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Dental Coverage Downgrade

Most dental offices run into the following situation at some point. This situation is especially vexing when they're using insurance estimating. Below is an example situation with an example solution. You will need to apply the same principles to resolve this problem.

Background
A Patient has insurance coverage. They come in for a surface restoration, also known as a filling (just as an example). They talk it over with the doctor and decide to go ahead and get a composite filling so it looks like their tooth. The problem is, their insurance only covers amalgam fillings (also known as silver) on their molars. 
So now what?

Charges and Insurance Claim
First, the office will enter the charge in dental or ledger tabs using the procedure code that they actually performed, such as the composite restoration.
They file the insurance claim to the patient's insurance, including the charge that the office performed.
Screen_Shot_2017-03-21_at_3.08.47_PM.png

Payment and Insurance Estimating
If the office is not using insurance estimating, they will simply enter the payment information when they receive it from the insurance. Both the allowed amount and the amount paid would be in line with what they'd get for the amalgam restoration, even though they did the composite.

If the office is using insurance estimating, the best option is to use a flat rate. In this case, the office knows that this insurance will pay an exact amount for the filling, so they enter it on the insurance plan's flat rate amount for that procedure. 
Screen_Shot_2017-03-21_at_12.48.31_PM.png

Estimating formula
Now we need to calculate the flat rate we will use. Essentially, we are taking the amalgam allowed amount, as we know this procedure is explicitly covered. We will use our insurance estimation formula to determine how much will be paid, and then we will enter that amount as a flat fee for the composite that we want to calculate properly.

Here are the steps for this particular case.

  1. Office will write off [Fee for composite] - [Allowed for composite] = [Write off amount for composite]
  2. Then insurance will pays [Allowed for amalgam] - [Deductible or copay] x [Percent covered for restorative procedures]
  3. Then patient pays [Fee for composite] - [Write off amount for composite] - [Insurance paid amount] 

Or in other words, the patient pays [Allowed for composite] - [Allowed for amalgam] and [Allowed for amalgam] x [Percent not covered for restorative procedures]

Office's Write Off (Step one)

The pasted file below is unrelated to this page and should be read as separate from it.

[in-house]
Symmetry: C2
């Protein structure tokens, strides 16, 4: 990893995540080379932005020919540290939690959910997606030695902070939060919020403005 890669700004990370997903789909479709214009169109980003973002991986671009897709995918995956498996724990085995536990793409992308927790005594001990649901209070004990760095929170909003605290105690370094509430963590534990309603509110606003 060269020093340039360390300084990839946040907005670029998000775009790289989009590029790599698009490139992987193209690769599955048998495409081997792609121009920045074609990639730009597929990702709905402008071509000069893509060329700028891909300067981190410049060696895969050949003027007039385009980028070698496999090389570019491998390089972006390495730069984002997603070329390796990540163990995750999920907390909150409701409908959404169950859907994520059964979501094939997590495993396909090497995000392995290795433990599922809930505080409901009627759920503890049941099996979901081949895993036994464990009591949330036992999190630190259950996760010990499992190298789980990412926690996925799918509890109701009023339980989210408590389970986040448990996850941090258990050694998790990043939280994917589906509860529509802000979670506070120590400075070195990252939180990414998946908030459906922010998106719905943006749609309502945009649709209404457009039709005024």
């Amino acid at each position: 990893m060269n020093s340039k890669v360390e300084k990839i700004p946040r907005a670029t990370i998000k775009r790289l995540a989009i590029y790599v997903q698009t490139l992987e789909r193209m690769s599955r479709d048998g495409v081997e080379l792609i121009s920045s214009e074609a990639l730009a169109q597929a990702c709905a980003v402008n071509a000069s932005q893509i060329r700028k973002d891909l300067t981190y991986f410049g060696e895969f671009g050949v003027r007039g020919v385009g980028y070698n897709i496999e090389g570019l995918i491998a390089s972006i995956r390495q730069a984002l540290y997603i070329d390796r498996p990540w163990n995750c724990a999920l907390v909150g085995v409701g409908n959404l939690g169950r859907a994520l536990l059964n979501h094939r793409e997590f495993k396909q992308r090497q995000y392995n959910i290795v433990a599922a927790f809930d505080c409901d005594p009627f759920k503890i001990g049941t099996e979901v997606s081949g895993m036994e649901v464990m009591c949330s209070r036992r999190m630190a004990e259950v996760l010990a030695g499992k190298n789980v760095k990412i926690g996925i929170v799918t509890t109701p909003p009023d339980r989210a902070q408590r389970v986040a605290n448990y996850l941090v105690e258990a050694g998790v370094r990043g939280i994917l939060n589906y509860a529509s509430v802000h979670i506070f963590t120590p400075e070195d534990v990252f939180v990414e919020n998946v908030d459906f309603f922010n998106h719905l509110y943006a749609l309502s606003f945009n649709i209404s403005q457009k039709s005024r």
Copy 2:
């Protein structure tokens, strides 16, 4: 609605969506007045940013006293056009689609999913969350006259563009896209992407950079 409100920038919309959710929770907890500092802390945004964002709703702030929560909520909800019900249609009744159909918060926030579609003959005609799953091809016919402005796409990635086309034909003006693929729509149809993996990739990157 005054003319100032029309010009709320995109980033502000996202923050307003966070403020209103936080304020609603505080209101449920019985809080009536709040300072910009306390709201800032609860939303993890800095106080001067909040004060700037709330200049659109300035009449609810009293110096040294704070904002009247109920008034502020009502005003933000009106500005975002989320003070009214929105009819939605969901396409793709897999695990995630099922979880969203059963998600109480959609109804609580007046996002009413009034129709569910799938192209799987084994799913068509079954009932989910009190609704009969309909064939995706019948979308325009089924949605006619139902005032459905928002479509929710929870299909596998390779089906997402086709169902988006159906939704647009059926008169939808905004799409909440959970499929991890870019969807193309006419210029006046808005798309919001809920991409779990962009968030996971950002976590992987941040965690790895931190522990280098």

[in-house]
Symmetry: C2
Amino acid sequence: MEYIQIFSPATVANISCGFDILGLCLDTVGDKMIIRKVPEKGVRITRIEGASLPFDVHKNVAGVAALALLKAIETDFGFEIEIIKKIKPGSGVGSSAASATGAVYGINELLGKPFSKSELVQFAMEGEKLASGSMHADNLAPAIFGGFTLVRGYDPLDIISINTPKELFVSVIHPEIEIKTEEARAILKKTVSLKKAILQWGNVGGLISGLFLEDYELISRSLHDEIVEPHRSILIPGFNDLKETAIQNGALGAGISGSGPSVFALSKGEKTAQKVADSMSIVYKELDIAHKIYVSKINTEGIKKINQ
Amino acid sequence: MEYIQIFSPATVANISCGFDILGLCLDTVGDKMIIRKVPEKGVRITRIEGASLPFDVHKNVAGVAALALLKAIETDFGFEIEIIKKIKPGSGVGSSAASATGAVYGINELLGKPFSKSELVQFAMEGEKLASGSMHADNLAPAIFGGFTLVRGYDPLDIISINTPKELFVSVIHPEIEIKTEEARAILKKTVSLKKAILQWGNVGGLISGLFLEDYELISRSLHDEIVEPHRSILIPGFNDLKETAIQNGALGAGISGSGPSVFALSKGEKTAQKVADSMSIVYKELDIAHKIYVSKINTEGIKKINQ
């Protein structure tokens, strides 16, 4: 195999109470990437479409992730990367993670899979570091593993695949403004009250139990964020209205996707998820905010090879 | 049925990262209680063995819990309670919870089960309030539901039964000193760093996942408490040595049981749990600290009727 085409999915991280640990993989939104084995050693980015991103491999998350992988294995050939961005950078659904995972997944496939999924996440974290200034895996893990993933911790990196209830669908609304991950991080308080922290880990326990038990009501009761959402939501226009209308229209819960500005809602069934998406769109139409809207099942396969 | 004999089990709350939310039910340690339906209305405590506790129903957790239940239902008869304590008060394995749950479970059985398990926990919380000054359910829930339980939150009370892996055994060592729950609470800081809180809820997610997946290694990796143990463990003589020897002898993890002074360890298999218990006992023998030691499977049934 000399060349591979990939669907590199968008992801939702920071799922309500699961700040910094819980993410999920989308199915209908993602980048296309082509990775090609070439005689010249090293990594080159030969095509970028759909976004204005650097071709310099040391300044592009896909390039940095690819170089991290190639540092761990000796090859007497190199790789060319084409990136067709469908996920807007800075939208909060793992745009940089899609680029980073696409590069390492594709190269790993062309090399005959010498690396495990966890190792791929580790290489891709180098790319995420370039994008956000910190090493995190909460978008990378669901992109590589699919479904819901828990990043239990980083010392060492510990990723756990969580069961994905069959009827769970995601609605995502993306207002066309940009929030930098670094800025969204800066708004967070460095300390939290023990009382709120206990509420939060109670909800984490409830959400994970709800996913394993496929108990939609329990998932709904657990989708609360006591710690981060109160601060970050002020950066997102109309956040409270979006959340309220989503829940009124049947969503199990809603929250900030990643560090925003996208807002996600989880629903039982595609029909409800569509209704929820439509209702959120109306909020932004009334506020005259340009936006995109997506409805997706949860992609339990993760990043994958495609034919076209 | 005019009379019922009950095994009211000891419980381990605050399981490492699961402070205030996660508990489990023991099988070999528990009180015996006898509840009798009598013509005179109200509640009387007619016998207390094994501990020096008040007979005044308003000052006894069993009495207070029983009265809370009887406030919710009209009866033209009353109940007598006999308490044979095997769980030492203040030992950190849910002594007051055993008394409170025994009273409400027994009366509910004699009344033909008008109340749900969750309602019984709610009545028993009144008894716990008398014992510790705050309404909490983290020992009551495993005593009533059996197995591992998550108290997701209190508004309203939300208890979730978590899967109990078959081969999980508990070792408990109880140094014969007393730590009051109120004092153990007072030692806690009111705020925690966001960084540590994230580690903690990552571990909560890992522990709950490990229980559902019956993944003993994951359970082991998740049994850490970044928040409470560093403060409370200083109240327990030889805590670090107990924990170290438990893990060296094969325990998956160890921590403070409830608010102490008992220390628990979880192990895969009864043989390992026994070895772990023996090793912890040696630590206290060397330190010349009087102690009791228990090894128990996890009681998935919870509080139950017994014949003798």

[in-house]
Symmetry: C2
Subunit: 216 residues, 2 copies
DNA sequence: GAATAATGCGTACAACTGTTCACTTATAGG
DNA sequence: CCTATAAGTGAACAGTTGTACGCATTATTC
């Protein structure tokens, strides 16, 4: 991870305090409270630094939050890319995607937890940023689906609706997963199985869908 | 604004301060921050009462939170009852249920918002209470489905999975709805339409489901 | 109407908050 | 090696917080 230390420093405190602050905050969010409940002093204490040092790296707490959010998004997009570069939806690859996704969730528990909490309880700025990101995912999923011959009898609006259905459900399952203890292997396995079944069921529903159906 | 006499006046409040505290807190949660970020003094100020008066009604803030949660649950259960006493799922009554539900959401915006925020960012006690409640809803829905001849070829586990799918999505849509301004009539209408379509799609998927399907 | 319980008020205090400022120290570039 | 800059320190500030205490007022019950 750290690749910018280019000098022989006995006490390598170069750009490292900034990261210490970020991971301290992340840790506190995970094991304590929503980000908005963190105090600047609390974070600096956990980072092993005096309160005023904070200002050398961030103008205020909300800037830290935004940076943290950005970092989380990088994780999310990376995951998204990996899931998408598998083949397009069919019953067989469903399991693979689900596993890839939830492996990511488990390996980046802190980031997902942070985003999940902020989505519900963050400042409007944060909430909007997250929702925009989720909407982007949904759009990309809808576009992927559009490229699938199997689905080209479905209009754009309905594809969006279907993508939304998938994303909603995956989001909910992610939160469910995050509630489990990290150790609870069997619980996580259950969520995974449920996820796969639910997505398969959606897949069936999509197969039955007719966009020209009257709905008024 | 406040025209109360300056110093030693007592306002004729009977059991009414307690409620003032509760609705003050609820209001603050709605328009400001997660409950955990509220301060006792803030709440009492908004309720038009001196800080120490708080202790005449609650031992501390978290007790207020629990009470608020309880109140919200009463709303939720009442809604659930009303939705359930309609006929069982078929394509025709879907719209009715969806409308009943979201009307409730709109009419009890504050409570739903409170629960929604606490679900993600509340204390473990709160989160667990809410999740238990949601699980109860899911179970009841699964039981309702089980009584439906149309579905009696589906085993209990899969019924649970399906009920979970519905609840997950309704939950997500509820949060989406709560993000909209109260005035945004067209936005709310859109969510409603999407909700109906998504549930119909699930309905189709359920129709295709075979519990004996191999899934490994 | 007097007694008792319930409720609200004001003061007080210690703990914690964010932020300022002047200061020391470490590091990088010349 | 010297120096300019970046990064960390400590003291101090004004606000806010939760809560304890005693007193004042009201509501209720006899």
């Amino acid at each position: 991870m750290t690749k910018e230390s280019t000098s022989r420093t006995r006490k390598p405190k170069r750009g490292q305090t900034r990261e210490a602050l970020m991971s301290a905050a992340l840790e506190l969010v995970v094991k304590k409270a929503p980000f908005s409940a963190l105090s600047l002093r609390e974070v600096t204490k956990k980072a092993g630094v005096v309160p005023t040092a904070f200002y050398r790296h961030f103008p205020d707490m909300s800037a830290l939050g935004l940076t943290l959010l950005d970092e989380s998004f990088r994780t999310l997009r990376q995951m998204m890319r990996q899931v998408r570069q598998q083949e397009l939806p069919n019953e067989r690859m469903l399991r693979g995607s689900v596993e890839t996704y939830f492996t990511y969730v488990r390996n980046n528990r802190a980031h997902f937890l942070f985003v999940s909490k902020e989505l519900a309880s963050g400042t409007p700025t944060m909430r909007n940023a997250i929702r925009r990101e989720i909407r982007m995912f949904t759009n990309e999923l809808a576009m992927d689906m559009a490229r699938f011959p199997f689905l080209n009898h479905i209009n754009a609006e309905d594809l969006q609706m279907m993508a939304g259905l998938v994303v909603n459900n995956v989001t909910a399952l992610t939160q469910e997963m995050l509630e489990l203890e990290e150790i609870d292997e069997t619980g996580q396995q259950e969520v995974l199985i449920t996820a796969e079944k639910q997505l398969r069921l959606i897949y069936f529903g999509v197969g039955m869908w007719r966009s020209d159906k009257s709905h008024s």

[Fee for composite] - [Allowed for composite] = [Write off amount for composite]

In the first image above, you can see that the office charges $278 for the composite filling code D2392. The insurance allowed amount is only $96, as shown in the second image. However, the insurance will only pay $75, the allowed amount for the silver filling code D2150. 

So first we'll calculate the office's write off. As in step one, we take the fee for the composite ($278), subtract the allowed amount for the composite ($96).
$278 - $96 = $182 Write off.

The below screenshot indicates how this would appear on the ledger.

Screen_Shot_2017-03-21_at_12.53.08_PM.png

Insurance Flat Rate (Step Two)
[Allowed for amalgam] - [Deductible or co-pay] x [Percent covered for restorative procedures]

In order to calculate the flat rate, we need to take 80% of the allowed amount for the amalgam (D2150). In this case, we take 80% of $75. There is no deductible or co-pay in this example. If there was, we would first subtract the deductible/co-pay.

$75  * .80 = $60

The office will enter this $60 as the flat rate for the composite filling as shown in the second image. 

Patient Pays (Step Three)
[Fee for composite] - [Write off amount for composite] - [Insurance paid amount] 

Finally, we can calculate how much the patient will pay. We will take the fee for the composite, subtract the write off and the insurance paid amount, and the remainder is how much the patient is responsible for.

So we'll take the $278 composite fee, and then subtract the write off ($182) and the Insurance Paid amount ($60). This leaves us with $36.

$278 - $182 - $60 = $36.

Alternatively, you can also calculate how much the patient pays with these two formulas, as these are the two portions the patient will be responsible for.
[Allowed for composite] - [Allowed for amalgam]
and 
[Allowed for amalgam] x [Percent not covered for restorative procedures]

Or in other words, the patient pays...
$96 - $75 = $21
and
$75 * .20 = $15

$21 + $15 = $36.

 

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    Sonja Torsiello

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